From a Department of Infrastructure perspective, budgets are available for public footpath maintenance of £359,496, roadside ditches in the countryside £158,544 and river maintenance of £203,064. Drainage gullies in towns are funded and operated by local authorities which raises the question whether it is right that government is responsible out of town for such work but it falls on town ratepayers?

The department works with Beach Buddies on public footpath maintenance, which in the past was always at the tail end of the funding. The Isle of Man Four-Wheel Drive Club, part of the Green Lane Users’ Group, undertakes supplementary work to assist maintenance.

Also the department ’rests’ green lanes to allow them to improve after damage has been caused often by water flows or irresponsible users.

When I was Minister for Infrastructure, with support from the prison I attempted to provide work on the footpaths, under supervision, for trusted prisoners but unfortunately it did not progress.

During the first part of this year it seemed to me that the public footpaths I was using were more muddy and slippery in places and, having checked with the Ronaldsway Met Office charts, it is clear that we have had more rain in the last two quarters than 2015/16, which was exceptional in recent years.

Further and I think quite telling is the fact that since January we have had 132mm over 46 days that had rain and in 2016 it was 113mm over 64 days when we had rain.

Many have been forecasting this trend of heavier rain.

So it is reasonable to assume this may develop into a consistent pattern and we need to make preparations?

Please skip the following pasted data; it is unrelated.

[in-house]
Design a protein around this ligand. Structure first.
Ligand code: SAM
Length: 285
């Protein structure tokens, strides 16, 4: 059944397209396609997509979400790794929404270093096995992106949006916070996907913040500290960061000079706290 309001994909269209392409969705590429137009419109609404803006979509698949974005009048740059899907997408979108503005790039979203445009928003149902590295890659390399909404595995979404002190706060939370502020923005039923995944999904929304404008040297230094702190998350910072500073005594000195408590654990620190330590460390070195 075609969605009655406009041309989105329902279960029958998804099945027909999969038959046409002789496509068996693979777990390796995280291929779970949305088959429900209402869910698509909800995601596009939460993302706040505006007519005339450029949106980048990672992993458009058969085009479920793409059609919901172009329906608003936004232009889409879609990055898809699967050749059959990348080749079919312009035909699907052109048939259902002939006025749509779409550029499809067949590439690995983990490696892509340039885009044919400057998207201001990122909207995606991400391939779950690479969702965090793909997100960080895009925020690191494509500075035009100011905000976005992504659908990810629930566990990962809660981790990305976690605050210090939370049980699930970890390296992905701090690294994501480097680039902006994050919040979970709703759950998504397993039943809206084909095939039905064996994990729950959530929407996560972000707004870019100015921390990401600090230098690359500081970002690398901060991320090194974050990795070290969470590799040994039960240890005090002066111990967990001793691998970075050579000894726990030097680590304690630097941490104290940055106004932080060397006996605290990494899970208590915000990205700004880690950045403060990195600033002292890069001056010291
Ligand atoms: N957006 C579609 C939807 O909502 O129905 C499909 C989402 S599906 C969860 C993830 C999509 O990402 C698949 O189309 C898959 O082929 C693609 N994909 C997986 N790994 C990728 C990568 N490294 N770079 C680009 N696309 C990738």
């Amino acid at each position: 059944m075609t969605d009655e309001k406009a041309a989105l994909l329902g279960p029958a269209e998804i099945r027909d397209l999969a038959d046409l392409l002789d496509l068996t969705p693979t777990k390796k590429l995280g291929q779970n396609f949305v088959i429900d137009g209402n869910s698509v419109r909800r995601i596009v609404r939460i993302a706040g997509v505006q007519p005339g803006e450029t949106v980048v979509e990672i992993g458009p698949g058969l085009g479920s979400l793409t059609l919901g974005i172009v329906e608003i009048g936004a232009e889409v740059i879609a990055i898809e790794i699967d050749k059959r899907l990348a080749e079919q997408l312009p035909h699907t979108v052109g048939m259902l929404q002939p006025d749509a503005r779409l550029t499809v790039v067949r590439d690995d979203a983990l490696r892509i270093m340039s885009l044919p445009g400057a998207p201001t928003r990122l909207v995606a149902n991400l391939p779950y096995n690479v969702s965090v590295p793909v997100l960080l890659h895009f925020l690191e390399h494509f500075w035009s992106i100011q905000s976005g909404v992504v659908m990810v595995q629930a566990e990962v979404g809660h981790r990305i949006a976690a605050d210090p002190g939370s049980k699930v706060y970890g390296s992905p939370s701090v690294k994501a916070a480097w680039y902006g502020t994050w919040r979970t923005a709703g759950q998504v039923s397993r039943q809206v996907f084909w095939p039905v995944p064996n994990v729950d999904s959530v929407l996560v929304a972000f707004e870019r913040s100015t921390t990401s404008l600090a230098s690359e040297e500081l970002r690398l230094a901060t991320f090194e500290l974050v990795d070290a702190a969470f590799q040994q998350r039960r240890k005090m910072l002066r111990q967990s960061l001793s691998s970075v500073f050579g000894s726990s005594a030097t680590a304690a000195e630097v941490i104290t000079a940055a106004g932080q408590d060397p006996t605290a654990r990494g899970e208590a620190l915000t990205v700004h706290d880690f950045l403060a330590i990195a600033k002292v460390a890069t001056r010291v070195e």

I think it is useful to see whether everything that has been done in a certain way for a period of time may be carried out more effectively.

Also, whether decisions taken with the benefit of hindsight might be worthy of reconsideration.

We have ongoing issues with maintenance and drainage of some land and ditches in the countryside. Water can find itself settling under tarmac and if it freezes can lift the surface.

We have witnessed detritus in our rivers getting blocked, silting up and causing flooding issues, particularly in a valley below developments where harder surfaces speed up water discharge. Do we have the best system of maintenance of gullies?

Again with blocked leaves, silt and other substances blocking them unless regularly cleared as soon as the heavy rain comes then flooding follows.

Was it the right decision (and I don’t even remember why and when it happened) to do away with the specialist rivers and bridges gang on the Highway Board?

Were we better served with local maintenance gangs who knew through experience where the problem areas were?

Clearly we have to protect the environment but that must be able to be achieved with sensitivity.

Just as most sod hedges with wildflowers are better with less heavy maintenance to protect wildlife surely an environmental balance can be struck to ensure rivers and streams do not silt up and cause blockages without causing harm to those species whose habitat this is.

We need to work with landowners and lead by example on upland areas to put in place so called soft measures to slow down run off. I have witnessed work on the lower part of South Barrule to slow this down by the use of sphagnum dominated vegetation.

Do we really need several departments looking after these important features?

Would it not be appropriate for one government agency to care for all our amenity land, forests, glens, uplands in public ownership, rivers and drainage systems because in nature each depends on the other.

Clearly we do at present have different expertise in different departments and boards.

Manx National Heritage obviously has a clear priority as its name suggests. Manx Utilities looks after footpaths around reservoirs and amenity land but it really isn’t its top priority, DEFA, with its responsibilities for glens, forestry land, upland and amenity land and Department of Infrastructure, with responsibilities for public footpaths green lanes and so on, could usefully be amalgamated.

They could then coordinate activities and the ongoing maintenance of rivers, drainage ditches and so on combined with action to slow down flow in the uplands could be better placed to take on increased challenges in this area in the years ahead for the benefit of residents and those who come to enjoy our special place?

It has to be worth investigation from a number of different perspectives.